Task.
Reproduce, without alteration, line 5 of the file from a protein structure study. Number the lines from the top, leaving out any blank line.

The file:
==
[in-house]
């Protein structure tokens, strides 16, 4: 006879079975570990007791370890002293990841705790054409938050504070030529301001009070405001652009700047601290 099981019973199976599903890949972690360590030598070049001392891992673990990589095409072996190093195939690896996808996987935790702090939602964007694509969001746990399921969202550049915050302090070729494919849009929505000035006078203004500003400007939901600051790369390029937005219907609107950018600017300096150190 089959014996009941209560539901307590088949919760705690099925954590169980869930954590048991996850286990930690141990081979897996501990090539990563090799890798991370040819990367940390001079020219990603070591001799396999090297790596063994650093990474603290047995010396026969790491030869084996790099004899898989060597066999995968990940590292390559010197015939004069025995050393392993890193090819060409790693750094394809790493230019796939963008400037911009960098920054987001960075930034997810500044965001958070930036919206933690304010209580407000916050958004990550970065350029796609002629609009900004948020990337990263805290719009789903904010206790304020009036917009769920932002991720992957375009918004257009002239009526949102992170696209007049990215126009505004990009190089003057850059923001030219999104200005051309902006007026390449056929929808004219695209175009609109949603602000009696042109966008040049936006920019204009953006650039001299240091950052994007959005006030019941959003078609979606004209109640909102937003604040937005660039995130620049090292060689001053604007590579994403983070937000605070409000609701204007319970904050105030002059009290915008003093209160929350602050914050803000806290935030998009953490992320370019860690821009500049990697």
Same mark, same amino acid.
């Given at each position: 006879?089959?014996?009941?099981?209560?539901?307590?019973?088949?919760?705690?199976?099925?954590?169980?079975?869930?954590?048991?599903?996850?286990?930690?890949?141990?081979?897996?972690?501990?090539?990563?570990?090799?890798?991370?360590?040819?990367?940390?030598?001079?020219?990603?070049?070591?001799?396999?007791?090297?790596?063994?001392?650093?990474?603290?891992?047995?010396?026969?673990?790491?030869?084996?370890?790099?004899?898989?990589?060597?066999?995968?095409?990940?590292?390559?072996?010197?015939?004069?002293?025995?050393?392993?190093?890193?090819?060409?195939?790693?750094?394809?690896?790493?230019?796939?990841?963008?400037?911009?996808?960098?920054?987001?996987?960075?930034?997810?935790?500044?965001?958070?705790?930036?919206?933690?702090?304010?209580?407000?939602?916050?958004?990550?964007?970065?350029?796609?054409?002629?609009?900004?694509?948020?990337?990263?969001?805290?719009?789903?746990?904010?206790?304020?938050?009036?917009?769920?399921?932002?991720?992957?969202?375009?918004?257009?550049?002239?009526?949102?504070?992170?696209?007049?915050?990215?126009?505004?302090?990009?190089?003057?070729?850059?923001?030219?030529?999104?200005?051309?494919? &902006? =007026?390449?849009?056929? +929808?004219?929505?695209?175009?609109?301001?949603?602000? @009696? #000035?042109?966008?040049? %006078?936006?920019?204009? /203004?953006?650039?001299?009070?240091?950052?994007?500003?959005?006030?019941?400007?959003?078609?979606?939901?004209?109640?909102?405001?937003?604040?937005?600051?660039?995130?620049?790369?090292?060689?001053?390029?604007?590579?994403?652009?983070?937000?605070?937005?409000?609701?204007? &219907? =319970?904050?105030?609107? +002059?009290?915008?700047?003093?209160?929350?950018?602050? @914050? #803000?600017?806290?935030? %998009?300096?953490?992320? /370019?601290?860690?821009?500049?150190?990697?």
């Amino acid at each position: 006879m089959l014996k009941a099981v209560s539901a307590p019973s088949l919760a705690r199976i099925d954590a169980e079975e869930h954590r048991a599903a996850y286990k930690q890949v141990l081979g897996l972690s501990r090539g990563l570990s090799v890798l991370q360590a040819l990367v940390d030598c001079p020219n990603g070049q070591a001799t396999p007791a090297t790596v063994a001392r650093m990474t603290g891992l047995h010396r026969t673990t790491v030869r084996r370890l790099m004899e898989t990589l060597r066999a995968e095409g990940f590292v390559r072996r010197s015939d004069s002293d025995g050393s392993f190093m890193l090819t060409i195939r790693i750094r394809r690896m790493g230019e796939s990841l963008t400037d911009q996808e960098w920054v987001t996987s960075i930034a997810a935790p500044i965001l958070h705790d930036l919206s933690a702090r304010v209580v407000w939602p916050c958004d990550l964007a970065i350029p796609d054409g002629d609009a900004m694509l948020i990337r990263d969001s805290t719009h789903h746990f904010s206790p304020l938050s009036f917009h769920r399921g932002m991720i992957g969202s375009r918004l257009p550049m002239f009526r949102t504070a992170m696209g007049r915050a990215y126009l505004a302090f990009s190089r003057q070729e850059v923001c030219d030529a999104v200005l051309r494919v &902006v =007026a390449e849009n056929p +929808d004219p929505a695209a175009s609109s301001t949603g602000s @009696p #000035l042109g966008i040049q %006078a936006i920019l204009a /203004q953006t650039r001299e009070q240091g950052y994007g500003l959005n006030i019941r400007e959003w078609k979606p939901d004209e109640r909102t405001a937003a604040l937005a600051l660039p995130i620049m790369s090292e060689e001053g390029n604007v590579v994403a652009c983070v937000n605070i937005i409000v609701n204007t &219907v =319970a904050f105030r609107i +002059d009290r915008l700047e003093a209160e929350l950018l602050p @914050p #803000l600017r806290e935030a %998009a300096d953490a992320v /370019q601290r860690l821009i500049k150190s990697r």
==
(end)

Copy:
């Amino acid at each position: 006879m089959l014996k009941a099981v209560s539901a307590p019973s088949l919760a705690r199976i099925d954590a169980e079975e869930h954590r048991a599903a996850y286990k930690q890949v141990l081979g897996l972690s501990r090539g990563l570990s090799v890798l991370q360590a040819l990367v940390d030598c001079p020219n990603g070049q070591a001799t396999p007791a090297t790596v063994a001392r650093m990474t603290g891992l047995h010396r026969t673990t790491v030869r084996r370890l790099m004899e898989t990589l060597r066999a995968e095409g990940f590292v390559r072996r010197s015939d004069s002293d025995g050393s392993f190093m890193l090819t060409i195939r790693i750094r394809r690896m790493g230019e796939s990841l963008t400037d911009q996808e960098w920054v987001t996987s960075i930034a997810a935790p500044i965001l958070h705790d930036l919206s933690a702090r304010v209580v407000w939602p916050c958004d990550l964007a970065i350029p796609d054409g002629d609009a900004m694509l948020i990337r990263d969001s805290t719009h789903h746990f904010s206790p304020l938050s009036f917009h769920r399921g932002m991720i992957g969202s375009r918004l257009p550049m002239f009526r949102t504070a992170m696209g007049r915050a990215y126009l505004a302090f990009s190089r003057q070729e850059v923001c030219d030529a999104v200005l051309r494919v &902006v =007026a390449e849009n056929p +929808d004219p929505a695209a175009s609109s301001t949603g602000s @009696p #000035l042109g966008i040049q %006078a936006i920019l204009a /203004q953006t650039r001299e009070q240091g950052y994007g500003l959005n006030i019941r400007e959003w078609k979606p939901d004209e109640r909102t405001a937003a604040l937005a600051l660039p995130i620049m790369s090292e060689e001053g390029n604007v590579v994403a652009c983070v937000n605070i937005i409000v609701n204007t &219907v =319970a904050f105030r609107i +002059d009290r915008l700047e003093a209160e929350l950018l602050p @914050p #803000l600017r806290e935030a %998009a300096d953490a992320v /370019q601290r860690l821009i500049k150190s990697r």